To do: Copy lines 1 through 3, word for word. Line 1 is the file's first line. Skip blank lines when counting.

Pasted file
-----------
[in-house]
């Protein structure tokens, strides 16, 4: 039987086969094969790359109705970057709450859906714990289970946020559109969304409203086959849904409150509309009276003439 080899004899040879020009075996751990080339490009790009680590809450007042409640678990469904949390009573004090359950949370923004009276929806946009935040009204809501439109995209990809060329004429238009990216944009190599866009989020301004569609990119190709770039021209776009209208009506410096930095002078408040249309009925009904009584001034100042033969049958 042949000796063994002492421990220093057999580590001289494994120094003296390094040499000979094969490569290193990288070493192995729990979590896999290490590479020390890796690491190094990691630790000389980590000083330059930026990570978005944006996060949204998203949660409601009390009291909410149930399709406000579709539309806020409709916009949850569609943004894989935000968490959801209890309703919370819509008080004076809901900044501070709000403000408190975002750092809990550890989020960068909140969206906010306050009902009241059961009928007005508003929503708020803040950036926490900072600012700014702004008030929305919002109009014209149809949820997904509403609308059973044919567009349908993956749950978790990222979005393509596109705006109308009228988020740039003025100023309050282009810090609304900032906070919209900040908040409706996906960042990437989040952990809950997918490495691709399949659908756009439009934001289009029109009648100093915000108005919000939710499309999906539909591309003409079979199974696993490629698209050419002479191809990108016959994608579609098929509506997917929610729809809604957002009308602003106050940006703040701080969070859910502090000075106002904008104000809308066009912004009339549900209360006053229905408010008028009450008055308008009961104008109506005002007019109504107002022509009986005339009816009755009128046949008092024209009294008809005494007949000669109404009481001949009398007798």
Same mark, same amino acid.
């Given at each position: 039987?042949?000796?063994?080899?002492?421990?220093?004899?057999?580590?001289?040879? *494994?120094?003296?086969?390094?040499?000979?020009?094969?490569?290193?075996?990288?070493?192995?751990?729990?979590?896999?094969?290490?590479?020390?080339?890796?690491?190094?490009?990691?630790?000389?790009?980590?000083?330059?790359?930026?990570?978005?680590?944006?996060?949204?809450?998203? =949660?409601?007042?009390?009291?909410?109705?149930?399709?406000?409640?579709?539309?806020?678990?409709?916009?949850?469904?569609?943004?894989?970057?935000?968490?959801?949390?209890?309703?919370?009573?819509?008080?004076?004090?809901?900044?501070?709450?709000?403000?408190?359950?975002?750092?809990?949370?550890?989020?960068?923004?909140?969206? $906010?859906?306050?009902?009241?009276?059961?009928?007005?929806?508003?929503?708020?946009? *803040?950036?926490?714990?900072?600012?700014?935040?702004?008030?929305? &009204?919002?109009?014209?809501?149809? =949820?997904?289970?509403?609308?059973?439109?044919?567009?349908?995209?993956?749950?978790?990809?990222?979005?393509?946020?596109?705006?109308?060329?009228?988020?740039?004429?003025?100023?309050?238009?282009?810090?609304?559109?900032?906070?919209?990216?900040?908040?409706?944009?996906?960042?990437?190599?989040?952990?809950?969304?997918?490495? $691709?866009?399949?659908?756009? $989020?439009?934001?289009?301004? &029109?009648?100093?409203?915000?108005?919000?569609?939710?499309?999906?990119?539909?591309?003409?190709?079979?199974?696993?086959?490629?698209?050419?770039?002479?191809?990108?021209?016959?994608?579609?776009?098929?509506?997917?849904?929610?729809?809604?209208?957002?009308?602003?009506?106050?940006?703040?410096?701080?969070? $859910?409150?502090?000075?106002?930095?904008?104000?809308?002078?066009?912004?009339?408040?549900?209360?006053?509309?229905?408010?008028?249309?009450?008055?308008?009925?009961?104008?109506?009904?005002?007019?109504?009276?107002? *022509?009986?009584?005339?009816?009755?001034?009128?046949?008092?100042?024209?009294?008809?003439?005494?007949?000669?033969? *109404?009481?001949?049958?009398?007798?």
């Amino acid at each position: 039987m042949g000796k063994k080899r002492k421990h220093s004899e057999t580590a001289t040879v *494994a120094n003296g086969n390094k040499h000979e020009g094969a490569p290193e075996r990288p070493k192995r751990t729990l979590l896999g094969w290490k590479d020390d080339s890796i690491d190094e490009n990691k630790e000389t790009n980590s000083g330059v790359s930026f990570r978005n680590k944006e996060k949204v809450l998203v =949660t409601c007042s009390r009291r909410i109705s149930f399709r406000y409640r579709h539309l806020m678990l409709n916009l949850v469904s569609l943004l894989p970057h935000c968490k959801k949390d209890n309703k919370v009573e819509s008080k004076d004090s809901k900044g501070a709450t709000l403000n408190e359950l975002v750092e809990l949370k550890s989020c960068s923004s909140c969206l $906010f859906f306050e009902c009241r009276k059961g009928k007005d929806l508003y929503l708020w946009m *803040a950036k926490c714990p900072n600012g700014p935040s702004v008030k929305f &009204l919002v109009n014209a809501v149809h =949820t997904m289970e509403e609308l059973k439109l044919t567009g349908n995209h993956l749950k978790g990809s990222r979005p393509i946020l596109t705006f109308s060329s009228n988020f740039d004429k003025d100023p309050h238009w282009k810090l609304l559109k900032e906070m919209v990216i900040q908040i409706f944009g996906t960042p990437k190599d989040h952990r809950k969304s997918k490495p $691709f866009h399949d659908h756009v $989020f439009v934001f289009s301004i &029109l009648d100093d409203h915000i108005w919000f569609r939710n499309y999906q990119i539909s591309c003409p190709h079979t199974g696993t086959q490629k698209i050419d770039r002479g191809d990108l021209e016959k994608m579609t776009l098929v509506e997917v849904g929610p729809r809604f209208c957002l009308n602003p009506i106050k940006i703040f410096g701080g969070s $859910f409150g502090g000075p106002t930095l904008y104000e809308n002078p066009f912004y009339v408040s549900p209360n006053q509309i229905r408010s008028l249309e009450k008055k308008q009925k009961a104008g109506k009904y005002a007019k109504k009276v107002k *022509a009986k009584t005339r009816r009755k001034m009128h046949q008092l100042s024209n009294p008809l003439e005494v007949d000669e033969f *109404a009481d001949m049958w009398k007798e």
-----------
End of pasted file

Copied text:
[in-house]
């Protein structure tokens, strides 16, 4: 039987086969094969790359109705970057709450859906714990289970946020559109969304409203086959849904409150509309009276003439 080899004899040879020009075996751990080339490009790009680590809450007042409640678990469904949390009573004090359950949370923004009276929806946009935040009204809501439109995209990809060329004429238009990216944009190599866009989020301004569609990119190709770039021209776009209208009506410096930095002078408040249309009925009904009584001034100042033969049958 042949000796063994002492421990220093057999580590001289494994120094003296390094040499000979094969490569290193990288070493192995729990979590896999290490590479020390890796690491190094990691630790000389980590000083330059930026990570978005944006996060949204998203949660409601009390009291909410149930399709406000579709539309806020409709916009949850569609943004894989935000968490959801209890309703919370819509008080004076809901900044501070709000403000408190975002750092809990550890989020960068909140969206906010306050009902009241059961009928007005508003929503708020803040950036926490900072600012700014702004008030929305919002109009014209149809949820997904509403609308059973044919567009349908993956749950978790990222979005393509596109705006109308009228988020740039003025100023309050282009810090609304900032906070919209900040908040409706996906960042990437989040952990809950997918490495691709399949659908756009439009934001289009029109009648100093915000108005919000939710499309999906539909591309003409079979199974696993490629698209050419002479191809990108016959994608579609098929509506997917929610729809809604957002009308602003106050940006703040701080969070859910502090000075106002904008104000809308066009912004009339549900209360006053229905408010008028009450008055308008009961104008109506005002007019109504107002022509009986005339009816009755009128046949008092024209009294008809005494007949000669109404009481001949009398007798």
Same mark, same amino acid.